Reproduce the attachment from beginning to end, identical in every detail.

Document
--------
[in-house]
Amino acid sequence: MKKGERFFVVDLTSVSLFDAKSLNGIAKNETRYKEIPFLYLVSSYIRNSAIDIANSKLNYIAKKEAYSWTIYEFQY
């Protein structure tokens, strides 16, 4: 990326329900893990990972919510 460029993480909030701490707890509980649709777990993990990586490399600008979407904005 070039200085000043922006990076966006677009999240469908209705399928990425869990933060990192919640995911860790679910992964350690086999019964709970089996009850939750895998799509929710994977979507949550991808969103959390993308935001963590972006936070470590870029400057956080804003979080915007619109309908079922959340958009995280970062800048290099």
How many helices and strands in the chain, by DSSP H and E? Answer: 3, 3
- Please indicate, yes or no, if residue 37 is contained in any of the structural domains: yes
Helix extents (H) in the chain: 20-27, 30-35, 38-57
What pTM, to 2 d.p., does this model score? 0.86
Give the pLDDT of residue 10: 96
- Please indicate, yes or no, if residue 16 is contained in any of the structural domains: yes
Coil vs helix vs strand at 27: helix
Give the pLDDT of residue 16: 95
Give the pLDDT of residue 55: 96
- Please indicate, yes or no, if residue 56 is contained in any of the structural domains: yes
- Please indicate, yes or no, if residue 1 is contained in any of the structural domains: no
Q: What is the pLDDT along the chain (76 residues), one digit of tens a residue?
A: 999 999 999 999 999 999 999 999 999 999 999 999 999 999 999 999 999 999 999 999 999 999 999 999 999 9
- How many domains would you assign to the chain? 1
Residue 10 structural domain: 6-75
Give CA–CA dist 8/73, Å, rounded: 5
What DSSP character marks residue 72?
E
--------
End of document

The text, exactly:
[in-house]
Amino acid sequence: MKKGERFFVVDLTSVSLFDAKSLNGIAKNETRYKEIPFLYLVSSYIRNSAIDIANSKLNYIAKKEAYSWTIYEFQY
């Protein structure tokens, strides 16, 4: 990326329900893990990972919510 460029993480909030701490707890509980649709777990993990990586490399600008979407904005 070039200085000043922006990076966006677009999240469908209705399928990425869990933060990192919640995911860790679910992964350690086999019964709970089996009850939750895998799509929710994977979507949550991808969103959390993308935001963590972006936070470590870029400057956080804003979080915007619109309908079922959340958009995280970062800048290099």
How many helices and strands in the chain, by DSSP H and E? Answer: 3, 3
- Please indicate, yes or no, if residue 37 is contained in any of the structural domains: yes
Helix extents (H) in the chain: 20-27, 30-35, 38-57
What pTM, to 2 d.p., does this model score? 0.86
Give the pLDDT of residue 10: 96
- Please indicate, yes or no, if residue 16 is contained in any of the structural domains: yes
Coil vs helix vs strand at 27: helix
Give the pLDDT of residue 16: 95
Give the pLDDT of residue 55: 96
- Please indicate, yes or no, if residue 56 is contained in any of the structural domains: yes
- Please indicate, yes or no, if residue 1 is contained in any of the structural domains: no
Q: What is the pLDDT along the chain (76 residues), one digit of tens a residue?
A: 999 999 999 999 999 999 999 999 999 999 999 999 999 999 999 999 999 999 999 999 999 999 999 999 999 9
- How many domains would you assign to the chain? 1
Residue 10 structural domain: 6-75
Give CA–CA dist 8/73, Å, rounded: 5
What DSSP character marks residue 72?
E